CAIRO - 15 July 2019: Cairo have witnessed a discussion of more than 80 Libyan lawmakers on Saturday to reach a solution to deter foreign interference in the Libyan affairs.
The meetings, led by the Egyptian National Committee on Libya, is part of a series of talks hosted in Cairo to bring together different Libyan parties for the sake of achieving stability and security in the war-torn state. The committee invited around 80 Libyan lawmakers representing the west, south and east parts of the North African state.
Set to conclude Monday, the committee's discussions aim to unify Libyan powers, and consolidate the Libyan Parliament’s role in restructuring the oil-rich country. A final statement will be released by the committee by the end of the meetings on Monday.
“Libyan parliamentarians are coming to Cairo to listen to the advice of their Egyptian peers, who have experience in parliamentary work and democracy, as Libya is still at the beginning of its democratic path. I am optimistic about the discussions held in Cairo,” Libyan Member of Parliament Ali el-Saeedy told Egypt Today on the sidelines of Saturday's meeting.
Deteriorating conditions in South Libya
Speaking about the situation in south Libya, Saeedy described the living conditions as “deteriorating”, blaming the militias controlling parts of the south for what he explained as “the failure of the Libyan Presidency Council to improve services in Libya amid the control of the Muslim Brotherhood and Libyan militias that seize the Libyans’ wealth.”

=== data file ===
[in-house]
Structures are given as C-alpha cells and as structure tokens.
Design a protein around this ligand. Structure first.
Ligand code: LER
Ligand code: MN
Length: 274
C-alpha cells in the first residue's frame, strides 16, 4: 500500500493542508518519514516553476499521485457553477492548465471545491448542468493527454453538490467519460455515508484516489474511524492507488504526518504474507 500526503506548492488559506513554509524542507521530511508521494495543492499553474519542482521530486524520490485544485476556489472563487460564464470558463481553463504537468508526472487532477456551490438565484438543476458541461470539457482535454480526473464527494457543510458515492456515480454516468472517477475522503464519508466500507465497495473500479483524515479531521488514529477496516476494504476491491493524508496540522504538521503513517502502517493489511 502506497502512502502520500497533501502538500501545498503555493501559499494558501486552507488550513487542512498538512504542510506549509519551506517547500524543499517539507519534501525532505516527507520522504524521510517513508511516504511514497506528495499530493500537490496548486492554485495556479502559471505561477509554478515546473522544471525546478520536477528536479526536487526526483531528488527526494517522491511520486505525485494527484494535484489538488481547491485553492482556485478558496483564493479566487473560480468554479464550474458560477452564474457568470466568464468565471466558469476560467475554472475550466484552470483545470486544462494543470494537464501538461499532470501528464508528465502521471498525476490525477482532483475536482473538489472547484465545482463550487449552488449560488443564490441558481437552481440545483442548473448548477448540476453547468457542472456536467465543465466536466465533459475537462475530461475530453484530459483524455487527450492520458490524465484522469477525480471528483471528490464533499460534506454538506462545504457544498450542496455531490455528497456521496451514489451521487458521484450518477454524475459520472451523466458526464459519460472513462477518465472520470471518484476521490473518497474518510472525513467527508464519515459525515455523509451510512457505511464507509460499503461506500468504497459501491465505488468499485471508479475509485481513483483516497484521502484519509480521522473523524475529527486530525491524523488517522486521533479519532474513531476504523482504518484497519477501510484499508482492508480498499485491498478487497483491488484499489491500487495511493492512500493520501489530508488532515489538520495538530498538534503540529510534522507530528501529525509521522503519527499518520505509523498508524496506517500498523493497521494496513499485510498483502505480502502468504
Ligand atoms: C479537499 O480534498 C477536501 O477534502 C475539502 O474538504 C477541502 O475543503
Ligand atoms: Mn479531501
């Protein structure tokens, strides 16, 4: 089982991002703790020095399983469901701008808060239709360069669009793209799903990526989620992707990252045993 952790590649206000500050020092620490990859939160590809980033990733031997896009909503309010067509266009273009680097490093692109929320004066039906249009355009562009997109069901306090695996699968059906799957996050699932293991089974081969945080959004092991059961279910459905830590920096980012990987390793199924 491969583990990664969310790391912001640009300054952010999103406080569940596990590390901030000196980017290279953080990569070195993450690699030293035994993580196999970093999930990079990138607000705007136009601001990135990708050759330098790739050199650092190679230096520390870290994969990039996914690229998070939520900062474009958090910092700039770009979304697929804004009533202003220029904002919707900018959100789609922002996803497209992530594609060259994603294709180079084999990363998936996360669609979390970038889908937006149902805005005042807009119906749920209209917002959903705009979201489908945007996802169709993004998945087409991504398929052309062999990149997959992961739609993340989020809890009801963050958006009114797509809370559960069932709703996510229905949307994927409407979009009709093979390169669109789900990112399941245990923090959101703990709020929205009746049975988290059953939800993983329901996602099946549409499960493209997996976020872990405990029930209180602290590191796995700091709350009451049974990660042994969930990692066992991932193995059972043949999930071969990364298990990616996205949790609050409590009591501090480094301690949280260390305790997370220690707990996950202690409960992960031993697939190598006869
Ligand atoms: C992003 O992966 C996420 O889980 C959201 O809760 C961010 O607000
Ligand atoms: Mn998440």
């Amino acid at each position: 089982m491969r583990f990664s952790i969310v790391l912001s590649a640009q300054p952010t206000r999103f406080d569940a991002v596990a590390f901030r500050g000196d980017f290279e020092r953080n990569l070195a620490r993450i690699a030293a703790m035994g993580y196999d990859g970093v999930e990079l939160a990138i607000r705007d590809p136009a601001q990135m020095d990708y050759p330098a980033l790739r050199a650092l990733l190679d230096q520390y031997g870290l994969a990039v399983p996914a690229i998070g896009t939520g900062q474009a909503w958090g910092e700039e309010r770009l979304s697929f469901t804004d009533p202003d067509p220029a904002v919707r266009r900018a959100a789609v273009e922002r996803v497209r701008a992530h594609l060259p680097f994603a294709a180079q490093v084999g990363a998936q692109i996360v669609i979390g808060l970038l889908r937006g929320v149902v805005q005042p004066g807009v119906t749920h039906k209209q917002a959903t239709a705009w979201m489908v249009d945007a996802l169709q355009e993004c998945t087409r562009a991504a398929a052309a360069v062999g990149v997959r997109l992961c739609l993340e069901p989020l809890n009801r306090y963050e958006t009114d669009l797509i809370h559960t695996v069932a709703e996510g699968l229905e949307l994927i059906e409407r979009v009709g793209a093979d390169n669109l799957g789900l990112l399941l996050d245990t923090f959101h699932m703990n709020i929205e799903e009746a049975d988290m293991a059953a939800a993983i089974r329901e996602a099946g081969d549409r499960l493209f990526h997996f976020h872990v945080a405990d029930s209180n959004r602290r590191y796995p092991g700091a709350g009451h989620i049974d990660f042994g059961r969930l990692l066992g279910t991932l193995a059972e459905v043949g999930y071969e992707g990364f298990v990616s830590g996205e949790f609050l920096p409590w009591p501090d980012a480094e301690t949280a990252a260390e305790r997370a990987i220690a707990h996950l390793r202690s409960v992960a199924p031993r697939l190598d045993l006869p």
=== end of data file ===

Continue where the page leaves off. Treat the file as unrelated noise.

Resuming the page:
Member of the Defense and National Security Committee at the Libyan Parliament, Tareq el-Goroushy, underscored the importance of the current meetings in Cairo “to discuss the role of the Libyan Parliament in building a modern state, and to combat foreign interference in Libyan affairs.”
Eissa el-Erieby, head of the Energy Committee at the Libyan Parliament, said that Egypt is a prominent country in the region, and plays a vital and leading role, expecting major contributions from the Egyptian side in the Libyan crisis, especially after the Egyptian chairmanship of the African Union.
During Sunday’s morning session at the Egyptian Parliament, Spokesperson Ali Abdel Aal reiterated Egypt’s supportive stance to the Libyan issue, saying “we will never allow Libya’s security to be tampered with.”
The Egyptian Parliament speaker added that some countries in the region have agendas regarding Libya, saying that “they must wake up and drop their ambitions because Egypt will not allow any infringement on Libya's security.”
In a TV statement Saturday, LNA spokesperson Ahmed el-Mesmary accused Turkish President Ragab Tayyib Erdogan of tampering with Libyan security “by sending explosives, weapons and funds to terrorist groups in Libya.”
On Thursday, at least three car explosions went off in Benghazi’s Al-Hawari cemetery, killing at least four soldiers of the east-based army and injuring 32 others.
Libya has been inundated with civil war since the 2011 uprising that overthrew former Libyan longtime ruler Moammer el-Ghaddafi. The country has been at the center of the world’s attention for its importance as a major conduit for African migrants and refugees fleeing to Europe.
There have been several international and regional attempts to achieve stability and peace in the country that has witnessed prolonged conflict among rivals controlling different parts of it.
Based in Tobruk is the Libyan National Army (LNA) led by Field Marshal Khalifa Haftar, which controls the east and much of the south of Libya, and is spearheading a campaign towards Tripoli.
In 2015, a UN-brokered agreement has installed the Government of National Accord (GNA) led by Fayez el-Sarraj in Tripoli. Although the UN has been working hard for several years to reinforce the GNA’s legitimacy, it could not achieve national consensus, with the Libyan House of Representatives considering it with no mandate, arguing that the Libyan court did not grant the GNA any legitimacy, as per the Libyan constitution.
The Libyan House of Representatives is considered the sole legislative authority in the country, with Aguila Saleh as its spokesperson, rendering Libyan lawmakers’ participation in the reconciliation talks in Cairo important to unify Libyan powers.